When have you felt most alone? An internet search shows it’s likely to have been while experiencing a bereavement/ going through a relationship breakup/retiring and losing the social contact you had at work/changing jobs and feeling isolated from your co-workers/ moving to a new area without family, friends or community networks. These particular periods of loneliness can leave us feeling so powerless and impoverished, they are exacerbated by these underlying experiences: history of trauma/poor parental attachment/fears of intimacy/trapped in a false narrative. Do any of these apply to you?

We’ll come back to these formative four experiences later on… In ordinary day-to-day situations, when do you most commonly feel alone? Maybe at a social gathering when your partner or friend knows everyone and you hardly know anyone, or during a quiet weekend when nothing much is going on, or at home, ‘in the same room and yet a world apart’. Can there be any of us who haven’t experienced acute, sporadic or chronic loneliness? And yet A Course in Miracles teaches that we are never alone, and there is never any cause for loneliness. There is no contradiction here because the ‘I’ who experiences loneliness isn’t the ‘I’ that ACIM says is never alone. We could view forgiveness as a shift between these two identities: the healing journey from loneliness to total communication.

Let’s look at some excerpts from “The Two Emotions” (T-13.5), which describe so clearly the source of our loneliness and how to experience that we are never alone. This section begins with a chilling look at our insanity and culminates in a sublime presentation of forgiveness. It is absolutely worthy of our deep consideration.

“The content of individual illusions differs greatly… They are made of sights that are not seen, and sounds that cannot be heard. They make up a private world that cannot be shared… In this world their maker moves alone, for only he perceives them”. (T.13.5.1:4,6,7,9)

We start with a bombshell teaching: an external world, in which we go about our daily lives and meet with others, just isn’t there! The world isn’t there and the others aren’t there! Our private imagination dreams of these happenings and relationships, but they are all ‘much ado about nothing’. No one can join us in personal illusions, even in dreams of ‘happy families’, ‘spiritual community’ or ‘a wide circle of friends’. Shall we take a few minutes now to contemplate that we ‘move alone’ in our personal lives?

“You communicate with no one, and you are as isolated from reality as if you were alone in all the universe. In your madness you overlook reality completely, and you see only your own split mind everywhere you look.” (T13.5.6:4,5)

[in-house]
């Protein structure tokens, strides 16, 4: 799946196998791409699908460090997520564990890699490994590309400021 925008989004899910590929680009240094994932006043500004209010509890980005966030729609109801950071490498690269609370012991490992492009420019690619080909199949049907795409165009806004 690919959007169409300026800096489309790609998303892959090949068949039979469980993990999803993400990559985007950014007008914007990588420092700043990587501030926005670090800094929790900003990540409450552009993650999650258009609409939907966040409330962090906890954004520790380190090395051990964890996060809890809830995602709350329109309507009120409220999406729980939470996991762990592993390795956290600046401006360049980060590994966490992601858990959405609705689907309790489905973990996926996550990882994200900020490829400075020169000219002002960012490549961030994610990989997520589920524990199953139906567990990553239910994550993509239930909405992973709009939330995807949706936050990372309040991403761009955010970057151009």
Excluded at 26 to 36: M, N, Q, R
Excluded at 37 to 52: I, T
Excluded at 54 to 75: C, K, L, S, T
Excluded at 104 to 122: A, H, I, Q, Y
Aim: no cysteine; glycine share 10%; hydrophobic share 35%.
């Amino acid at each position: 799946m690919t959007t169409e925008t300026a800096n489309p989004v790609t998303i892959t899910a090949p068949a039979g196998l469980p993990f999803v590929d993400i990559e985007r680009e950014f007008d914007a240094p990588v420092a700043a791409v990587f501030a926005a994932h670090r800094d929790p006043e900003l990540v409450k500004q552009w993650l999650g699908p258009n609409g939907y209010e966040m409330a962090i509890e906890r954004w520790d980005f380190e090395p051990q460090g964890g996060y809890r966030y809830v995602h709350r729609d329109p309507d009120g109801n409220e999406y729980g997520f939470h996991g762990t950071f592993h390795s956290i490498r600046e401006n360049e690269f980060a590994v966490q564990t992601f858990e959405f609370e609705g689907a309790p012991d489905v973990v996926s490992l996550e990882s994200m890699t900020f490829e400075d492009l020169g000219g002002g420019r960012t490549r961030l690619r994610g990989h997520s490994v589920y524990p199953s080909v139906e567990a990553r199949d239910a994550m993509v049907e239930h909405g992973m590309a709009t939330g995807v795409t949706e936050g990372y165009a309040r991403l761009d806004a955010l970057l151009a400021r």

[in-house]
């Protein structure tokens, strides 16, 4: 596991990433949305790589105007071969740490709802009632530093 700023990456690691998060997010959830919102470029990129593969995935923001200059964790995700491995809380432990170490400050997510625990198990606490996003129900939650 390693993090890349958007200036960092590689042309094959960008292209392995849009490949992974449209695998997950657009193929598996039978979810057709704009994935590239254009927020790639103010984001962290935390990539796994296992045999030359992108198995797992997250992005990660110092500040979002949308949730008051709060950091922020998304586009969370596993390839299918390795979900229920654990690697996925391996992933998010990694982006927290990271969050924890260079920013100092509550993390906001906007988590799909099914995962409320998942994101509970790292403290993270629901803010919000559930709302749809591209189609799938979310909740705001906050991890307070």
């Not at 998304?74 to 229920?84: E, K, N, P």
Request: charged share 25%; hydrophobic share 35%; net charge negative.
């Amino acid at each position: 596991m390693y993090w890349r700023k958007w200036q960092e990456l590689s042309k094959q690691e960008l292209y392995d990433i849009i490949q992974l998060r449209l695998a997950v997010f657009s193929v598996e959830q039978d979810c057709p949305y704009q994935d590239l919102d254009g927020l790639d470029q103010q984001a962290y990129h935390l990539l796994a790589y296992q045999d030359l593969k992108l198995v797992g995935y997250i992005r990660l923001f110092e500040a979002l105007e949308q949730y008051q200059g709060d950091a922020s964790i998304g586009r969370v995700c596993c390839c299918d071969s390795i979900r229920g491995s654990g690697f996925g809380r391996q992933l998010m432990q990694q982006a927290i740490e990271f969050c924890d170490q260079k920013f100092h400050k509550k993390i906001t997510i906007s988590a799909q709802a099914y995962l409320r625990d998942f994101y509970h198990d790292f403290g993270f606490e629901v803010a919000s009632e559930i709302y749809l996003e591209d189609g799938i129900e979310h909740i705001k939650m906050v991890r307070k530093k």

Even on a good day, when we, the person, feel reasonably connected with the people around us, or deeply connected with a friend or partner, this is only the ‘high’ in our rollercoaster addiction ride of special relationships. For every illusory high of connection there is an illusory low of loneliness… Yes, we bring in specialness here, and a quote from another part of the Text: “The ego’s goal is quite explicitly ego autonomy. From the beginning, then, its purpose is to be separate, sufficient unto itself and independent of any power except its own. This is why it is the symbol of separation.” (T11.5.4:4-6)

The individual self is completely fixated on separation to maintain its identity, and so all forms of physical joining/togetherness/ sharing are but disguised mind choices to be alone. Similarly, all forms of sickness, suffering, deprivation and conflict are also choices to be alone, deliberately made by the split mind. Shall we take a few minutes now to contemplate what choices our mind is making to be alone? Maybe we’ll see something we’ve not recognised before.

I’d like to offer a couple of experiences I’ve had of being lonely, and give a behind the scenes view of what was going on in my mind. And then we’ll go to healing. Starting school at the physical level: a few weeks earlier than the first big day my mum was taken into hospital with pregnancy complications. This happened on holiday, so the hospital was miles from where we lived. Having been with my mum every single day up to this point, for her to drop out of my universe for 6 weeks was shattering. For this very shy child – never having been to nursery/play group/a child minder – to step into school life on such a shaken foundation was terrifying. It was excruciating to be in a playground full of boisterous children and not know how to relate to any of them. I felt so alone.